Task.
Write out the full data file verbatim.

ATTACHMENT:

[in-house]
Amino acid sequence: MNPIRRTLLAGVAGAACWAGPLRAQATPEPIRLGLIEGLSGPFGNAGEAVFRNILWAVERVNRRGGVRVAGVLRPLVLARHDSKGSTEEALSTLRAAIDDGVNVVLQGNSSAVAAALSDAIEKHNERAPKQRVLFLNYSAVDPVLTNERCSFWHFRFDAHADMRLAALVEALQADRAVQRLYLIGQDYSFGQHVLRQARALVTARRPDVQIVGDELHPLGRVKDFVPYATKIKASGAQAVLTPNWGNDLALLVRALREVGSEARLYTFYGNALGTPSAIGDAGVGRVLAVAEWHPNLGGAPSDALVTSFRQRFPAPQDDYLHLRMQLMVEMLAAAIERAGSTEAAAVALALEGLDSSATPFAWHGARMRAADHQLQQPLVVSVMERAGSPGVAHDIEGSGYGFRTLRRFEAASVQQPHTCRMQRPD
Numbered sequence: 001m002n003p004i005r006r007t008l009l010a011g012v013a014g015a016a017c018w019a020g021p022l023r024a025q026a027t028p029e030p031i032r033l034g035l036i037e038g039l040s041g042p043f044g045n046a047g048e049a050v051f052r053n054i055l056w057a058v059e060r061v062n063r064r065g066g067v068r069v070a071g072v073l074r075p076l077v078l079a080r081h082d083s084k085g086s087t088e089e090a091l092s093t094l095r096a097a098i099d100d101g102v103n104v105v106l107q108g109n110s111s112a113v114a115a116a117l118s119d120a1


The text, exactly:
[in-house]
Amino acid sequence: MNPIRRTLLAGVAGAACWAGPLRAQATPEPIRLGLIEGLSGPFGNAGEAVFRNILWAVERVNRRGGVRVAGVLRPLVLARHDSKGSTEEALSTLRAAIDDGVNVVLQGNSSAVAAALSDAIEKHNERAPKQRVLFLNYSAVDPVLTNERCSFWHFRFDAHADMRLAALVEALQADRAVQRLYLIGQDYSFGQHVLRQARALVTARRPDVQIVGDELHPLGRVKDFVPYATKIKASGAQAVLTPNWGNDLALLVRALREVGSEARLYTFYGNALGTPSAIGDAGVGRVLAVAEWHPNLGGAPSDALVTSFRQRFPAPQDDYLHLRMQLMVEMLAAAIERAGSTEAAAVALALEGLDSSATPFAWHGARMRAADHQLQQPLVVSVMERAGSPGVAHDIEGSGYGFRTLRRFEAASVQQPHTCRMQRPD
Numbered sequence: 001m002n003p004i005r006r007t008l009l010a011g012v013a014g015a016a017c018w019a020g021p022l023r024a025q026a027t028p029e030p031i032r033l034g035l036i037e038g039l040s041g042p043f044g045n046a047g048e049a050v051f052r053n054i055l056w057a058v059e060r061v062n063r064r065g066g067v068r069v070a071g072v073l074r075p076l077v078l079a080r081h082d083s084k085g086s087t088e089e090a091l092s093t094l095r096a097a098i099d100d101g102v103n104v105v106l107q108g109n110s111s112a113v114a115a116a117l118s119d120a1